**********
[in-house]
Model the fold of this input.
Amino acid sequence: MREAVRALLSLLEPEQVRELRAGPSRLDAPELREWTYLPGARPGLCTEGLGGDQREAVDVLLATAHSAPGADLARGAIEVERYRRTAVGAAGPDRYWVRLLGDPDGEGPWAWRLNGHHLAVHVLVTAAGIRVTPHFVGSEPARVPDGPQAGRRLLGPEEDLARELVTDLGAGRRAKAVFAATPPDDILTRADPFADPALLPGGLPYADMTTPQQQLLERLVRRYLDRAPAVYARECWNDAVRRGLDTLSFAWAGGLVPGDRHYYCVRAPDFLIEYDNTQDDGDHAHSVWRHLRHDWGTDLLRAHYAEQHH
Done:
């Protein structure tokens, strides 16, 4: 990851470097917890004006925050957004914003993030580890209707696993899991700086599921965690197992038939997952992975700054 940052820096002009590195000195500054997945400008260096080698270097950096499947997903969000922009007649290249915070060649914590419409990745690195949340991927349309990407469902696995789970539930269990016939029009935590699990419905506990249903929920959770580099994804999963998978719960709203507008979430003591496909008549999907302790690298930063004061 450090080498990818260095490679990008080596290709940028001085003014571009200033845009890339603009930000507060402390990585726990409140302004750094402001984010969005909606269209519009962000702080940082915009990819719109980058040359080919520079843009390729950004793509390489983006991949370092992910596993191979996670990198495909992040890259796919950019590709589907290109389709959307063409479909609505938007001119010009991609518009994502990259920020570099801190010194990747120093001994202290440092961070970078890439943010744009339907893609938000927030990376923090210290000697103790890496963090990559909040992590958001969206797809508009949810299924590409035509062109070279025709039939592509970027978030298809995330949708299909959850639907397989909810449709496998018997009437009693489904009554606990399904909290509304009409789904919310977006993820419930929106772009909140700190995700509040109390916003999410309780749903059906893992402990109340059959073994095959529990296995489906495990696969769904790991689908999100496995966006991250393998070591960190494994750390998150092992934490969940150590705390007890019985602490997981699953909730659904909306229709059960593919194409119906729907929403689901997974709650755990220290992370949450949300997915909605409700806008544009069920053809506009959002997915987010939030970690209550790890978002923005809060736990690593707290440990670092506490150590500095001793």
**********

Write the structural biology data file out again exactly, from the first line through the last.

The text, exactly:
[in-house]
Model the fold of this input.
Amino acid sequence: MREAVRALLSLLEPEQVRELRAGPSRLDAPELREWTYLPGARPGLCTEGLGGDQREAVDVLLATAHSAPGADLARGAIEVERYRRTAVGAAGPDRYWVRLLGDPDGEGPWAWRLNGHHLAVHVLVTAAGIRVTPHFVGSEPARVPDGPQAGRRLLGPEEDLARELVTDLGAGRRAKAVFAATPPDDILTRADPFADPALLPGGLPYADMTTPQQQLLERLVRRYLDRAPAVYARECWNDAVRRGLDTLSFAWAGGLVPGDRHYYCVRAPDFLIEYDNTQDDGDHAHSVWRHLRHDWGTDLLRAHYAEQHH
Done:
């Protein structure tokens, strides 16, 4: 990851470097917890004006925050957004914003993030580890209707696993899991700086599921965690197992038939997952992975700054 940052820096002009590195000195500054997945400008260096080698270097950096499947997903969000922009007649290249915070060649914590419409990745690195949340991927349309990407469902696995789970539930269990016939029009935590699990419905506990249903929920959770580099994804999963998978719960709203507008979430003591496909008549999907302790690298930063004061 450090080498990818260095490679990008080596290709940028001085003014571009200033845009890339603009930000507060402390990585726990409140302004750094402001984010969005909606269209519009962000702080940082915009990819719109980058040359080919520079843009390729950004793509390489983006991949370092992910596993191979996670990198495909992040890259796919950019590709589907290109389709959307063409479909609505938007001119010009991609518009994502990259920020570099801190010194990747120093001994202290440092961070970078890439943010744009339907893609938000927030990376923090210290000697103790890496963090990559909040992590958001969206797809508009949810299924590409035509062109070279025709039939592509970027978030298809995330949708299909959850639907397989909810449709496998018997009437009693489904009554606990399904909290509304009409789904919310977006993820419930929106772009909140700190995700509040109390916003999410309780749903059906893992402990109340059959073994095959529990296995489906495990696969769904790991689908999100496995966006991250393998070591960190494994750390998150092992934490969940150590705390007890019985602490997981699953909730659904909306229709059960593919194409119906729907929403689901997974709650755990220290992370949450949300997915909605409700806008544009069920053809506009959002997915987010939030970690209550790890978002923005809060736990690593707290440990670092506490150590500095001793």